Mudcat Café message #1951201 The Mudcat Café TM
Thread #98509   Message #1951201
Posted By: George Papavgeris
29-Jan-07 - 10:05 AM
Thread Name: Folk Process - is it dead?
Subject: Folk Process - is it dead?
This question has been building in my head for some time now, as a result of discussions on other threads and boards around what can and what cannot be accepted as traditional song/music. In short:

Someone - I think it was Diane - stated that traditional music is a body of work to which one can no longer add (my own words, I cannot remember the precise expression used).

That got me thinking: Take a song such as Dave Webber's "Padstow May Song", which all agree is written "in the tradition", though not traditional today; now, in 200 years would that song not be traditional, simply because its provenance is known? And would it not be deemed to have been filtered through the "Folk Process" as different singers take it on and add their interpretations?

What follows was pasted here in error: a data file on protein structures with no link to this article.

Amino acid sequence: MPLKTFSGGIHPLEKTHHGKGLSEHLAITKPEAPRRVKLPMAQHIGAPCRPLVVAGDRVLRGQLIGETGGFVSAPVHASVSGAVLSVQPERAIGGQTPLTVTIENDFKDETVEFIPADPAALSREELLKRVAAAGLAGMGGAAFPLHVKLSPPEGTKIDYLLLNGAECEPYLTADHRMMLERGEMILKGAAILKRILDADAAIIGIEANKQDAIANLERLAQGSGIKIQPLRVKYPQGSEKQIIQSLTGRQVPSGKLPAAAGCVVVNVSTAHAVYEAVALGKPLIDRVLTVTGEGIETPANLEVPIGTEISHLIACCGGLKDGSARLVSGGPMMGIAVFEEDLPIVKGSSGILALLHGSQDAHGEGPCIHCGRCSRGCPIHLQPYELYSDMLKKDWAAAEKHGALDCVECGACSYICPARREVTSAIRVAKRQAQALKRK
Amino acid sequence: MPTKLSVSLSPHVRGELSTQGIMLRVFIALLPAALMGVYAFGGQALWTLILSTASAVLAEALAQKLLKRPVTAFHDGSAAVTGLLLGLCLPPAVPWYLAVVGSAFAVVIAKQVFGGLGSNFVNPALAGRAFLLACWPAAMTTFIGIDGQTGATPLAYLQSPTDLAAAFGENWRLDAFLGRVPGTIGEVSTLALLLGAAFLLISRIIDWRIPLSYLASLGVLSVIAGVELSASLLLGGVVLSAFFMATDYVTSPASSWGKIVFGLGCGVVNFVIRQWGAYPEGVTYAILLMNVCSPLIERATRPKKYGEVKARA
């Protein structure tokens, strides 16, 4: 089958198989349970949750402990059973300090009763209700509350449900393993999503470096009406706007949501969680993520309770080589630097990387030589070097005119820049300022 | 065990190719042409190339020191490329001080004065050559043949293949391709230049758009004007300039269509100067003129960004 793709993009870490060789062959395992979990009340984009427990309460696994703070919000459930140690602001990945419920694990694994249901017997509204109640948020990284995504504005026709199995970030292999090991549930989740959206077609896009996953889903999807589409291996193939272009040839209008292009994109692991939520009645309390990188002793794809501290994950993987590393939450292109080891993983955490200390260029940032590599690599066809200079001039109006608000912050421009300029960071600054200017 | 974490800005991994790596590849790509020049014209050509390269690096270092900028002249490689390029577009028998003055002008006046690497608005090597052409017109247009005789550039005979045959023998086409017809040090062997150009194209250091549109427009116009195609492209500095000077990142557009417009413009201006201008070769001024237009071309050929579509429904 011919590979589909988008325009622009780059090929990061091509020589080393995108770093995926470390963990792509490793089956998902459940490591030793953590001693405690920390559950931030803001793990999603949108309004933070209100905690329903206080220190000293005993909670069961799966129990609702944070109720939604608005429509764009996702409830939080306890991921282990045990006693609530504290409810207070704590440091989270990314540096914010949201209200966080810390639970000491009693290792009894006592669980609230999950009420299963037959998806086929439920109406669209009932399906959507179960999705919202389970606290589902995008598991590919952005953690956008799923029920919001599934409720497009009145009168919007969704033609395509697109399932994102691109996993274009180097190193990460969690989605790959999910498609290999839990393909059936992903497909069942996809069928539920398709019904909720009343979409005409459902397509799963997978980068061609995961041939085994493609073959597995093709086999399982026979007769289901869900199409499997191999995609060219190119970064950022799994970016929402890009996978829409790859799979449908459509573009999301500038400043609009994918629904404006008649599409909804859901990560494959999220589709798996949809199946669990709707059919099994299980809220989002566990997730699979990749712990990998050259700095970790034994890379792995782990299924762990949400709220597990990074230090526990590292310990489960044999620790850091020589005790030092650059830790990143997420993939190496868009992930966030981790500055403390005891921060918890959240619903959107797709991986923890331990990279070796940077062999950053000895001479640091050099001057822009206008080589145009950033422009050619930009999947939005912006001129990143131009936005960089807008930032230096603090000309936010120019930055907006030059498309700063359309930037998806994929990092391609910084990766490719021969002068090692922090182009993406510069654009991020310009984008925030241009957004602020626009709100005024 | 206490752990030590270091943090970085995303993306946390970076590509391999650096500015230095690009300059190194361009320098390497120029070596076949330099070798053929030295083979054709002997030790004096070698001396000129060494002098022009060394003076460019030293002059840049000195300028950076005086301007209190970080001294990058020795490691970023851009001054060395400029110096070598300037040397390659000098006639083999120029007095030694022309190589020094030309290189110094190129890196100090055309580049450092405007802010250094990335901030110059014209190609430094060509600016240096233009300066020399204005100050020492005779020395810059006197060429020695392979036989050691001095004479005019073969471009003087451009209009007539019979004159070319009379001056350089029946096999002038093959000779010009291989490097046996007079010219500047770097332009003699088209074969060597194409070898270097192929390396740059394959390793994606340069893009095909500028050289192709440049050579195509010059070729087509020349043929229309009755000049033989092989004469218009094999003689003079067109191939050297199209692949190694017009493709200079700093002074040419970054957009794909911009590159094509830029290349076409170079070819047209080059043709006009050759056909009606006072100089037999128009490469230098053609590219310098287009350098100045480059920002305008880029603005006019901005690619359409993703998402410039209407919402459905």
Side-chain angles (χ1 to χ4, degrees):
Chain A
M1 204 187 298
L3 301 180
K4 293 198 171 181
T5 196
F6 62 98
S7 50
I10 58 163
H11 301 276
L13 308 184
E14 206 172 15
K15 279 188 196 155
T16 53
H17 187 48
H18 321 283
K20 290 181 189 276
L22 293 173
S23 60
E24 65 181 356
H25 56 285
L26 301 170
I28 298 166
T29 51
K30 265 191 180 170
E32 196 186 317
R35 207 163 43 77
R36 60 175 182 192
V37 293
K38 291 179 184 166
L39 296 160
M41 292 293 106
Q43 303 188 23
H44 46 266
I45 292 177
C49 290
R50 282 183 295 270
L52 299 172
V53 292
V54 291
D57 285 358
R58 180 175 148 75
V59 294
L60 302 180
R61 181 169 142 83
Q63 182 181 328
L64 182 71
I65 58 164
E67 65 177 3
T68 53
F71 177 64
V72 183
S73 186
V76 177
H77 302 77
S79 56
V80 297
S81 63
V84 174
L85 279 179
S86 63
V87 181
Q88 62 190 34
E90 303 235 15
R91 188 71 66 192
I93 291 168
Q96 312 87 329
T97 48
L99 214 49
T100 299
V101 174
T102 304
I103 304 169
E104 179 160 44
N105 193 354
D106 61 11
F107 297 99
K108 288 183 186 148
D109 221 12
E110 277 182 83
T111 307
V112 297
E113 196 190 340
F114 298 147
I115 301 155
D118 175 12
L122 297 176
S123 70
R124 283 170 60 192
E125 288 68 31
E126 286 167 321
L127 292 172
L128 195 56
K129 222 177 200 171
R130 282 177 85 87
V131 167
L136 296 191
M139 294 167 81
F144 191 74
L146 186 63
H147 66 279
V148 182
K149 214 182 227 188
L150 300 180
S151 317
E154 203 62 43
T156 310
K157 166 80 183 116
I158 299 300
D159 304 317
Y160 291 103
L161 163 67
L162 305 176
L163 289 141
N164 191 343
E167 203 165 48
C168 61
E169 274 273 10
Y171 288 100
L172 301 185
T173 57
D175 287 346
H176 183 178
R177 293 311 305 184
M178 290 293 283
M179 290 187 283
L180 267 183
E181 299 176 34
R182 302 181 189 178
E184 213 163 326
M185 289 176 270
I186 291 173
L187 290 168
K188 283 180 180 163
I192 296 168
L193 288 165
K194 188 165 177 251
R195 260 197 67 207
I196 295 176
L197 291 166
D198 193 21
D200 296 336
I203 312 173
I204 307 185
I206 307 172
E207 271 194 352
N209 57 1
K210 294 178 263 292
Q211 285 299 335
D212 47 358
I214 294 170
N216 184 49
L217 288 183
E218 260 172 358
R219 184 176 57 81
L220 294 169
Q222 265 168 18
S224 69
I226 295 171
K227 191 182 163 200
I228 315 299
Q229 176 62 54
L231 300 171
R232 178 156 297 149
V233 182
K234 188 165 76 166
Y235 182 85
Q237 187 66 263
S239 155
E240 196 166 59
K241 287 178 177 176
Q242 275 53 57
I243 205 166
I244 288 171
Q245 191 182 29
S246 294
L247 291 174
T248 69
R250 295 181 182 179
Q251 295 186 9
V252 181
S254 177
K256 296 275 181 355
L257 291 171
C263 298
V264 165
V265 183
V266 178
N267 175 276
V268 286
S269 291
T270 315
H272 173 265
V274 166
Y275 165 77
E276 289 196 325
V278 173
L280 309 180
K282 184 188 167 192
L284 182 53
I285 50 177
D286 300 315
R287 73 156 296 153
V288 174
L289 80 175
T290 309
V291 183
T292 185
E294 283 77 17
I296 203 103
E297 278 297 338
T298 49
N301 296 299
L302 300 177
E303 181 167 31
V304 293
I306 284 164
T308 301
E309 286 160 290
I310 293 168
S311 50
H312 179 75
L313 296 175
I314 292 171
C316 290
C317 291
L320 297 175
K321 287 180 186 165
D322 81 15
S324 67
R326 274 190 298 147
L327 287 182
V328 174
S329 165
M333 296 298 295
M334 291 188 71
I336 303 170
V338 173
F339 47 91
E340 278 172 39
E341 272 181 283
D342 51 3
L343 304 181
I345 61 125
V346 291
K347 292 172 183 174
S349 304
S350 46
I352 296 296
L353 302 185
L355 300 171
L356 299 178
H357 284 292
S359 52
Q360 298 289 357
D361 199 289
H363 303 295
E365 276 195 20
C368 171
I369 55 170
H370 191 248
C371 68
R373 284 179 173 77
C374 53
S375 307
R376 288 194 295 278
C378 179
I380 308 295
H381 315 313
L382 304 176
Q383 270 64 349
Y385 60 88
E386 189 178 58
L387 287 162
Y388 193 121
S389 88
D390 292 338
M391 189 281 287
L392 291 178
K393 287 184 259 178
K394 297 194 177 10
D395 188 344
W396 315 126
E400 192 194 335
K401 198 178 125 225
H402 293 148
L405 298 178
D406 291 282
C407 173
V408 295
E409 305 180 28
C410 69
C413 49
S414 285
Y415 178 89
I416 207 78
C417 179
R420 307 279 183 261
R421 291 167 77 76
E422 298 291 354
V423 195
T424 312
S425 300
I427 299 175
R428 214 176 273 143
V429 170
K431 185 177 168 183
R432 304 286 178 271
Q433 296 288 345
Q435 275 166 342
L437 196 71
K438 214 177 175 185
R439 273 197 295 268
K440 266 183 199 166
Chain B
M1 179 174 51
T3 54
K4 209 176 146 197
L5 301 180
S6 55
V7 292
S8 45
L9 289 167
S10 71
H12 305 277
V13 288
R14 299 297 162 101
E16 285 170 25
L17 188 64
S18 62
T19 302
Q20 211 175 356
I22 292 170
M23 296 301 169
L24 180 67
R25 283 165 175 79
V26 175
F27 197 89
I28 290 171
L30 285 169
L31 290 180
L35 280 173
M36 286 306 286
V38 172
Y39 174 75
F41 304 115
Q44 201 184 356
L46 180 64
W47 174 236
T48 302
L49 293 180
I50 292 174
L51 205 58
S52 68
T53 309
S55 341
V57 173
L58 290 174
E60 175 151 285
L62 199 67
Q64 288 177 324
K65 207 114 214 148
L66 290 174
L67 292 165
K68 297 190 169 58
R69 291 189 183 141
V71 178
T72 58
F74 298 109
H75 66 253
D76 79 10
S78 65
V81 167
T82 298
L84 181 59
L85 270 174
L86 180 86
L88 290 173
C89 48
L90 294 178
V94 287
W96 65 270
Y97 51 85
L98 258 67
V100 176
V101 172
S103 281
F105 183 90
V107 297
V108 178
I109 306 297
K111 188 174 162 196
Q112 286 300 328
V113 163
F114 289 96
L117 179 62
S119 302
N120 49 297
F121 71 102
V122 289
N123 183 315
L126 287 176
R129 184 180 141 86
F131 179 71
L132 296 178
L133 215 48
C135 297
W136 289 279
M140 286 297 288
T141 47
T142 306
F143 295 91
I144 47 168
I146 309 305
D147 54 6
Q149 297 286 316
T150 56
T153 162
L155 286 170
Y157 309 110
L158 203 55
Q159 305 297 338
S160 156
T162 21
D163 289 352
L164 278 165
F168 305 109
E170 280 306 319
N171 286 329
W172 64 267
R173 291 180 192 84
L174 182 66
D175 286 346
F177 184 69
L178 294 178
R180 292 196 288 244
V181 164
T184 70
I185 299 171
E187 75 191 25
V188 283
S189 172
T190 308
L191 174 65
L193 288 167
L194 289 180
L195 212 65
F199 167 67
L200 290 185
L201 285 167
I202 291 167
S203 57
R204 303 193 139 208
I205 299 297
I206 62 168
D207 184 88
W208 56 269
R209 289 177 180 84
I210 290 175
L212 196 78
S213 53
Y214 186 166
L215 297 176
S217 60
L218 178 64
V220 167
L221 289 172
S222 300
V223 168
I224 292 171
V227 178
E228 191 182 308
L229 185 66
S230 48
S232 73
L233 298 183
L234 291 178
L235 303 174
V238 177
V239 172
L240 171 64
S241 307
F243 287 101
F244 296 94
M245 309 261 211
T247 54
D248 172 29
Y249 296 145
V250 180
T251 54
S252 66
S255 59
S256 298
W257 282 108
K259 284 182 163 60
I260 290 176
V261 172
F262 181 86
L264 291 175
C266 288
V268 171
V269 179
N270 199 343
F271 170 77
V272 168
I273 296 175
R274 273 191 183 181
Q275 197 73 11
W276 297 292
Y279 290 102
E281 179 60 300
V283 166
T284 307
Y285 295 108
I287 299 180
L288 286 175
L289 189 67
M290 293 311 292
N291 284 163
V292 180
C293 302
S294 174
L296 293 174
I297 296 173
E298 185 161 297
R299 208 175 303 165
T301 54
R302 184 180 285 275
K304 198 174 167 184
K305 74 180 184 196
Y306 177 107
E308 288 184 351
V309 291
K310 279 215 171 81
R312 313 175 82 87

We seem to treat the "Folk Process" as something that happened in the past, when records were not made or kept, when songs passed from mouth to ear. We seem to imply a certain magic in that process, that hones a song to perfection in a way no "dot reader" ever could; that somehow smoothes any flaws in the original and renders a patina impossible to apply with modern means.

I argue that the Folk process is alive and well. Songs are still passed from singer to singer, indeed more easily now, given technology's advances. And that in turn means that more performers get to hear - and be tempted to try - the song, thus giving it more turns on the sharpener's wheel, so to speak. And 200 years from now, at some traditional folk song event, someone might rightly sing the Padstow May Song, attributing it to "that ancient bard Dave Webber", but probably somewhat changed from the original version. And all the better for it.

Your views?